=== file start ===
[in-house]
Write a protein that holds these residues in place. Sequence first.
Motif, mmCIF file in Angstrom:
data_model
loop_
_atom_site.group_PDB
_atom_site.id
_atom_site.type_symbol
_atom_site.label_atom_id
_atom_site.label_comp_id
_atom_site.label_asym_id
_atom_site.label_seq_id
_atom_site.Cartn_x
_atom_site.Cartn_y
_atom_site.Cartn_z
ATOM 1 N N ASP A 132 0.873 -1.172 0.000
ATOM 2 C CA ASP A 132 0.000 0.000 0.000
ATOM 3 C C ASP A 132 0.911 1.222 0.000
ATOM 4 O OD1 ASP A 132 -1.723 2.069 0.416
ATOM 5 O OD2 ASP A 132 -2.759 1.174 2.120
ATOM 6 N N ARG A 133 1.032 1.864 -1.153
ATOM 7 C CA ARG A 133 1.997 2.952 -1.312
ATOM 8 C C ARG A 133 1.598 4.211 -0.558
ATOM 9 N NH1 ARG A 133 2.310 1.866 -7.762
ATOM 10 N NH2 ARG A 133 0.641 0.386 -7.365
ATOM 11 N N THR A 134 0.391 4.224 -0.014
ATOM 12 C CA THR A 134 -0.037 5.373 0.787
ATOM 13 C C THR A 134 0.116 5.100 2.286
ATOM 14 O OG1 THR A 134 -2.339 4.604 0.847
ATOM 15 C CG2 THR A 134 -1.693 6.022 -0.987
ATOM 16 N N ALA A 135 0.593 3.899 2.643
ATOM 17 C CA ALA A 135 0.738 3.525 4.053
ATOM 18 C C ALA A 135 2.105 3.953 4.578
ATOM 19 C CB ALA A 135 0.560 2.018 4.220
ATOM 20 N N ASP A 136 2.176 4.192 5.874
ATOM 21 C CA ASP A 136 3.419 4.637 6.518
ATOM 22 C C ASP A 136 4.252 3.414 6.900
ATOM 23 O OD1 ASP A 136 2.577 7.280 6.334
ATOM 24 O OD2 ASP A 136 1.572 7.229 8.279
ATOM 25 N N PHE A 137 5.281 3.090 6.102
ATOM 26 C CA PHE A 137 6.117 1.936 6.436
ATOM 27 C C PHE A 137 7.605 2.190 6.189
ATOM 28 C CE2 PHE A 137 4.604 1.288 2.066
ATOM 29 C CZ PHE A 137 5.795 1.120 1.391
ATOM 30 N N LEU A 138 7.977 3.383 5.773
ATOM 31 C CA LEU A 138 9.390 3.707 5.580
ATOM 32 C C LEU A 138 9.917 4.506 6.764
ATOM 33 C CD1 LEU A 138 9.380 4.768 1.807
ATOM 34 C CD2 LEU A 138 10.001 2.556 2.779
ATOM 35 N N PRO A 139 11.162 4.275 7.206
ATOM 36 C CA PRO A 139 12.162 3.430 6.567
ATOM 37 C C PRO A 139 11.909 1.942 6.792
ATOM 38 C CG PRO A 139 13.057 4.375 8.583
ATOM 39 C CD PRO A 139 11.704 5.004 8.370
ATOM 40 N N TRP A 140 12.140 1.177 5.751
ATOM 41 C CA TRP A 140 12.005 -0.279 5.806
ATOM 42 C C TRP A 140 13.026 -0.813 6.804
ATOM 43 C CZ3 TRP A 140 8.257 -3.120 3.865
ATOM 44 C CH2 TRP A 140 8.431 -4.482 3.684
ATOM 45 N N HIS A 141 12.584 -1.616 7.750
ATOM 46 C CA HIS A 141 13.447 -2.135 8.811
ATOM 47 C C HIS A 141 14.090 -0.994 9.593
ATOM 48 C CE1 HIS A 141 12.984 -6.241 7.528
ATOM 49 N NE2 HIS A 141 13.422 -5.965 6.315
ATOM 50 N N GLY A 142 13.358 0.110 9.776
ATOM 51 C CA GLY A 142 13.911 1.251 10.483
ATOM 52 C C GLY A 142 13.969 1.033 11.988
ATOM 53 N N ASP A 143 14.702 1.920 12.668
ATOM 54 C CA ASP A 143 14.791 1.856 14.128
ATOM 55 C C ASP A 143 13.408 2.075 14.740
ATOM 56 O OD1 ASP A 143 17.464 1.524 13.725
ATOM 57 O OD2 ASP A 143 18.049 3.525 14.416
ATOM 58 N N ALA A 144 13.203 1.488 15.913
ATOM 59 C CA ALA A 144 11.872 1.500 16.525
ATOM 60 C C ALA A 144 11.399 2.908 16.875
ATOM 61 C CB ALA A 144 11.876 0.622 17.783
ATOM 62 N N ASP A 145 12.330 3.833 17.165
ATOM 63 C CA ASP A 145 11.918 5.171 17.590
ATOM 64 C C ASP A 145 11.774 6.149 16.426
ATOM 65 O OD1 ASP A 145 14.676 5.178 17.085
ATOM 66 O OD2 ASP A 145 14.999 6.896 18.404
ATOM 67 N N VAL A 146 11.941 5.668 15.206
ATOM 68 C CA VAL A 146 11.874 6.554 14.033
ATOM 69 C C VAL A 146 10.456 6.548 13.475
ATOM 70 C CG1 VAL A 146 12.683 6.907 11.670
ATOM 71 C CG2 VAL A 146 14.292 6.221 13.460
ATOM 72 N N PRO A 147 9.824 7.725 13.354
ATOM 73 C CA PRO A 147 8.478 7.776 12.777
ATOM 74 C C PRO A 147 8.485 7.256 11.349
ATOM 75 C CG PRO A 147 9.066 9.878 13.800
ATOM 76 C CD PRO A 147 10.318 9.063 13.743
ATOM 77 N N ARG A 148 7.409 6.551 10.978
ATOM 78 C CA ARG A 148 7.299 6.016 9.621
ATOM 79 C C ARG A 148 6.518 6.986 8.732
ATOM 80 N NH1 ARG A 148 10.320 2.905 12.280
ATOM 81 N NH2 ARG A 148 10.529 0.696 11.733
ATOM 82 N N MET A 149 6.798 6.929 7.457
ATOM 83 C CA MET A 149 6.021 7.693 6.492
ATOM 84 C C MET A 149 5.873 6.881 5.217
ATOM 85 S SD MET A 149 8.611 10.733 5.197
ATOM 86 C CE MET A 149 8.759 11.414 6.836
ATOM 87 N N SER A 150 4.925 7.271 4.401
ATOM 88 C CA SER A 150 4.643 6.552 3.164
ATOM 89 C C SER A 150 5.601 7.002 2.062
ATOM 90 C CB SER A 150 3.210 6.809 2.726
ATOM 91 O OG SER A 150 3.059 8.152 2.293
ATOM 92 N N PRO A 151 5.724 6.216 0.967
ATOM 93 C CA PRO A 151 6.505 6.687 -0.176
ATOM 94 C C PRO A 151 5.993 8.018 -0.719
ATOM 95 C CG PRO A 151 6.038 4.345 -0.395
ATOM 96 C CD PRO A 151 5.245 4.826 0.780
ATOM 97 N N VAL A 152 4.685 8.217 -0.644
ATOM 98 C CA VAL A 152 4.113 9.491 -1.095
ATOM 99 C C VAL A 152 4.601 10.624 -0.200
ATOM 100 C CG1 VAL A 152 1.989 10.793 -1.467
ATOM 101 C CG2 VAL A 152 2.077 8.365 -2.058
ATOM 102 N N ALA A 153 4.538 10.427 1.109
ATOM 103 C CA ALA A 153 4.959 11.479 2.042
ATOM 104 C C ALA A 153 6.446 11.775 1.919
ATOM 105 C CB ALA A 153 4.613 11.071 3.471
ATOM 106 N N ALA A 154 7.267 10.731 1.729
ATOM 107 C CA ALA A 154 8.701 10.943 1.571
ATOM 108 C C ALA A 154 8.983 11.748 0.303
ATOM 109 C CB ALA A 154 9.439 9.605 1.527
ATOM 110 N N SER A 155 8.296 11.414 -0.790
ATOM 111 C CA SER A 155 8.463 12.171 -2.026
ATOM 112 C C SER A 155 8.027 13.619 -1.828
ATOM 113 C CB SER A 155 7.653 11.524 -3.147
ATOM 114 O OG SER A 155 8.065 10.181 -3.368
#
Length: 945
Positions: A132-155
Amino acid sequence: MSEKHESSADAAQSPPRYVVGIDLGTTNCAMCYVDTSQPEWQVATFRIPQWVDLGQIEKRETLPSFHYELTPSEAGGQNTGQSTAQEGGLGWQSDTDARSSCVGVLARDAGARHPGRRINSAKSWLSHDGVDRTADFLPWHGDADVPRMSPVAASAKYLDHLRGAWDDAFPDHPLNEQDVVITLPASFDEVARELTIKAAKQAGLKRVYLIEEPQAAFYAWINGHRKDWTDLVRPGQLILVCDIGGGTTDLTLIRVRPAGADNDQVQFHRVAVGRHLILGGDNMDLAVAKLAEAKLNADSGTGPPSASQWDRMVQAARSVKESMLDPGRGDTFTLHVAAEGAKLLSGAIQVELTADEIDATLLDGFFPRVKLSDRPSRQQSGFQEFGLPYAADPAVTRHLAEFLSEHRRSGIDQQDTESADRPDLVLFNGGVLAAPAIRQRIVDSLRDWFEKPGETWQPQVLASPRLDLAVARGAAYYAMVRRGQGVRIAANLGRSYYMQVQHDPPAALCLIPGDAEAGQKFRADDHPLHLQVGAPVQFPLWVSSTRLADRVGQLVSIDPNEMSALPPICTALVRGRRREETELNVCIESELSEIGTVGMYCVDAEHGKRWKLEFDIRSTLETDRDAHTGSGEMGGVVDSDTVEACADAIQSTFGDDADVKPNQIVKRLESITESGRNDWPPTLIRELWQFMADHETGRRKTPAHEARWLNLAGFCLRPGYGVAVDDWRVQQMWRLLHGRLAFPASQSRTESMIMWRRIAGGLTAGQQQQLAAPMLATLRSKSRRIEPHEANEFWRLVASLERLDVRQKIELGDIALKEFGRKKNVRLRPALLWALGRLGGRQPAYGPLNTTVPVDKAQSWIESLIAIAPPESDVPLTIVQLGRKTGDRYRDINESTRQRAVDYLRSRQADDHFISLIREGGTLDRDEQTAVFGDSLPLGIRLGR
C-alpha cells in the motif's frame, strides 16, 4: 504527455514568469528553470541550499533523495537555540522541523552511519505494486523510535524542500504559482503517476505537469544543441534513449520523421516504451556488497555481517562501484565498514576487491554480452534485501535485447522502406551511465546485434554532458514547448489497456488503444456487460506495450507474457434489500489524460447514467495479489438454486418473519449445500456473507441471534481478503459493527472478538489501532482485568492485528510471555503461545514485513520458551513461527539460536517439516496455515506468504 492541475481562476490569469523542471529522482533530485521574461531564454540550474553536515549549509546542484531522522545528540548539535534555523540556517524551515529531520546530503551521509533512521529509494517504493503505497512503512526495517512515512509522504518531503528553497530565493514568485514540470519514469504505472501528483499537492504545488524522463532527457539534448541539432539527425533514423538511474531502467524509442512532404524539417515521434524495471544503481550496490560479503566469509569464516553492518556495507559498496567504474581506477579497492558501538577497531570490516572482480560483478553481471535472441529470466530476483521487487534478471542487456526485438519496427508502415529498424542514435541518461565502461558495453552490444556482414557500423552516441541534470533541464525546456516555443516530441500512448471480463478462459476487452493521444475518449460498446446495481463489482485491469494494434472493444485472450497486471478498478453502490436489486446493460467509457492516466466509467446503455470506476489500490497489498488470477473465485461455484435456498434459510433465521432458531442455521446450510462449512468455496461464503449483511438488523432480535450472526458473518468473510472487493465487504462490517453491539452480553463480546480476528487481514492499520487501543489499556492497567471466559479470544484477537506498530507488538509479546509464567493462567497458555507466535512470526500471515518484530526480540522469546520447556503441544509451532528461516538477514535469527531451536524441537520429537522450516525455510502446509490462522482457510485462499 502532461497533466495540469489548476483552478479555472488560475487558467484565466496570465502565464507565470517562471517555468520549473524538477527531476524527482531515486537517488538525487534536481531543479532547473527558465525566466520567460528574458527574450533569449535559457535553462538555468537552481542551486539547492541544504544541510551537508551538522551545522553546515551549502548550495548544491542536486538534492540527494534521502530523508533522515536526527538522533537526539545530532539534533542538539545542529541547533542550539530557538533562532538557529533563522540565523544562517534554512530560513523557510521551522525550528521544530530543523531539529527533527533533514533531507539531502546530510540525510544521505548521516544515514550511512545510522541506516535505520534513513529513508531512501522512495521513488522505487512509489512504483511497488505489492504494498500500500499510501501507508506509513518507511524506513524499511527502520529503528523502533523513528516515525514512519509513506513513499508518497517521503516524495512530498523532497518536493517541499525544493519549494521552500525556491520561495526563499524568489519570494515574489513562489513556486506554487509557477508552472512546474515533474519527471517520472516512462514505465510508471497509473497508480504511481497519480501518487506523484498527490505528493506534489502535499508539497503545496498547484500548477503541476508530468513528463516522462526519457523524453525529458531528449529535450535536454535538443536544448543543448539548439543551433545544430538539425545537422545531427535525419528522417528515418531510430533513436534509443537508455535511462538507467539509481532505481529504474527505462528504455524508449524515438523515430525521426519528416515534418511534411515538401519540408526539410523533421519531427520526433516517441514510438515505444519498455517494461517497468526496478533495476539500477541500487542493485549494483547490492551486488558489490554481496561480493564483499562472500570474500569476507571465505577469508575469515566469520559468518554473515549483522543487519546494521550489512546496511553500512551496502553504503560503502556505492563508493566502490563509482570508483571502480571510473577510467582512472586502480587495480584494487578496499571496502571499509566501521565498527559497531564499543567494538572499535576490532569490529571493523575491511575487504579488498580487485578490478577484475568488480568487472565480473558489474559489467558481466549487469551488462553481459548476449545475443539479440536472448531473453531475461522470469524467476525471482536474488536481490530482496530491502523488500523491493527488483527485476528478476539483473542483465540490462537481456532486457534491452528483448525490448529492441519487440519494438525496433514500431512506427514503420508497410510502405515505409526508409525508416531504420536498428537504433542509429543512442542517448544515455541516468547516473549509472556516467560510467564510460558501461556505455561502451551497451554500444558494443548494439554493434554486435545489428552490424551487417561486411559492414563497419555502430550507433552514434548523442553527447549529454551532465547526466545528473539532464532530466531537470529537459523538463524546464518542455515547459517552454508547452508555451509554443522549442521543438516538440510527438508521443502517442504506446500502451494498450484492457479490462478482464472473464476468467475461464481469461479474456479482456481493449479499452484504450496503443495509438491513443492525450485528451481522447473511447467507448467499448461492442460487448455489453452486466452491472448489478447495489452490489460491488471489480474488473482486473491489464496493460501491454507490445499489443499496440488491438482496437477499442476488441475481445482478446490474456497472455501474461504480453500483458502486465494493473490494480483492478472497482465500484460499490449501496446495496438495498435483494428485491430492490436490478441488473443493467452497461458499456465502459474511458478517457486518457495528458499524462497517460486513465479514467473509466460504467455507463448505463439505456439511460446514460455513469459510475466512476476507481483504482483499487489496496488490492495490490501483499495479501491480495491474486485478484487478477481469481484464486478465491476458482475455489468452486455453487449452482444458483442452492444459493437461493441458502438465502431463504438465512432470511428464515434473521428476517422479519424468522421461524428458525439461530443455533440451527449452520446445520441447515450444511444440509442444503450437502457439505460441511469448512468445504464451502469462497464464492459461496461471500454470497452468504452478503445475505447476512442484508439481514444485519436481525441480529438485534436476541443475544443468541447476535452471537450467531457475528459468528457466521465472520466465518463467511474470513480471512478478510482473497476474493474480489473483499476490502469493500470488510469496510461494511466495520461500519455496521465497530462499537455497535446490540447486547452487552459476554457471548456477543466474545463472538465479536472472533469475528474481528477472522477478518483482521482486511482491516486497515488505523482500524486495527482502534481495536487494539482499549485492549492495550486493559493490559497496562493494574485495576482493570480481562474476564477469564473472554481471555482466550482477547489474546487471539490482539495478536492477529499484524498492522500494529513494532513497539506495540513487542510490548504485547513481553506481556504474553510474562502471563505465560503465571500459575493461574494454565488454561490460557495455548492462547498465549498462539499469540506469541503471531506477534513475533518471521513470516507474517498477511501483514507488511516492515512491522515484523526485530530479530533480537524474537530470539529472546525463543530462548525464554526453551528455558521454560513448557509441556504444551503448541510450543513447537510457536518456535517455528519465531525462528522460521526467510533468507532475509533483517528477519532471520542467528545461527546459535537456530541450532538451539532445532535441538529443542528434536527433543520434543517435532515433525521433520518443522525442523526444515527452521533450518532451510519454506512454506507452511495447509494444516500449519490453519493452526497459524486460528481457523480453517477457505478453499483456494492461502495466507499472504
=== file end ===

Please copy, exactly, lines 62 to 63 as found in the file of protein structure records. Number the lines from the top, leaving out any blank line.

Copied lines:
ATOM 47 C C HIS A 141 14.090 -0.994 9.593
ATOM 48 C CE1 HIS A 141 12.984 -6.241 7.528